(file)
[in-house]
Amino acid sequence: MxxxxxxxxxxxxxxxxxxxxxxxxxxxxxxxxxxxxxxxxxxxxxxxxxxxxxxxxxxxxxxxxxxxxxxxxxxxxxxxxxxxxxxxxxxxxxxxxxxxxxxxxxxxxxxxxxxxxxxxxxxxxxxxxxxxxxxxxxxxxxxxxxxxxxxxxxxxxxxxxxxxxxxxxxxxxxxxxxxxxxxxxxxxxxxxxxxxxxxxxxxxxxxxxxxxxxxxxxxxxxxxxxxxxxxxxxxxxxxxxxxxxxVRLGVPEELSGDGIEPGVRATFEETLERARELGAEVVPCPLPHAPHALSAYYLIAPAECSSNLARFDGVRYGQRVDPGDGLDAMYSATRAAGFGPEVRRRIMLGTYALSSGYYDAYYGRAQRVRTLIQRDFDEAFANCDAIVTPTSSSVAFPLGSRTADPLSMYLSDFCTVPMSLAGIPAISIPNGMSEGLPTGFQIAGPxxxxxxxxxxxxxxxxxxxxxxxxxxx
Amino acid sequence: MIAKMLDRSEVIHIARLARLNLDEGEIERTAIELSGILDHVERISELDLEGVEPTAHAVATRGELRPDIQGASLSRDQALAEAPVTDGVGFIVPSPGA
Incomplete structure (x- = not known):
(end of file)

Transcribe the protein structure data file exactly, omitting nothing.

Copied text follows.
[in-house]
Amino acid sequence: MxxxxxxxxxxxxxxxxxxxxxxxxxxxxxxxxxxxxxxxxxxxxxxxxxxxxxxxxxxxxxxxxxxxxxxxxxxxxxxxxxxxxxxxxxxxxxxxxxxxxxxxxxxxxxxxxxxxxxxxxxxxxxxxxxxxxxxxxxxxxxxxxxxxxxxxxxxxxxxxxxxxxxxxxxxxxxxxxxxxxxxxxxxxxxxxxxxxxxxxxxxxxxxxxxxxxxxxxxxxxxxxxxxxxxxxxxxxxxxxxxxxxxVRLGVPEELSGDGIEPGVRATFEETLERARELGAEVVPCPLPHAPHALSAYYLIAPAECSSNLARFDGVRYGQRVDPGDGLDAMYSATRAAGFGPEVRRRIMLGTYALSSGYYDAYYGRAQRVRTLIQRDFDEAFANCDAIVTPTSSSVAFPLGSRTADPLSMYLSDFCTVPMSLAGIPAISIPNGMSEGLPTGFQIAGPxxxxxxxxxxxxxxxxxxxxxxxxxxx
Amino acid sequence: MIAKMLDRSEVIHIARLARLNLDEGEIERTAIELSGILDHVERISELDLEGVEPTAHAVATRGELRPDIQGASLSRDQALAEAPVTDGVGFIVPSPGA
Incomplete structure (x- = not known):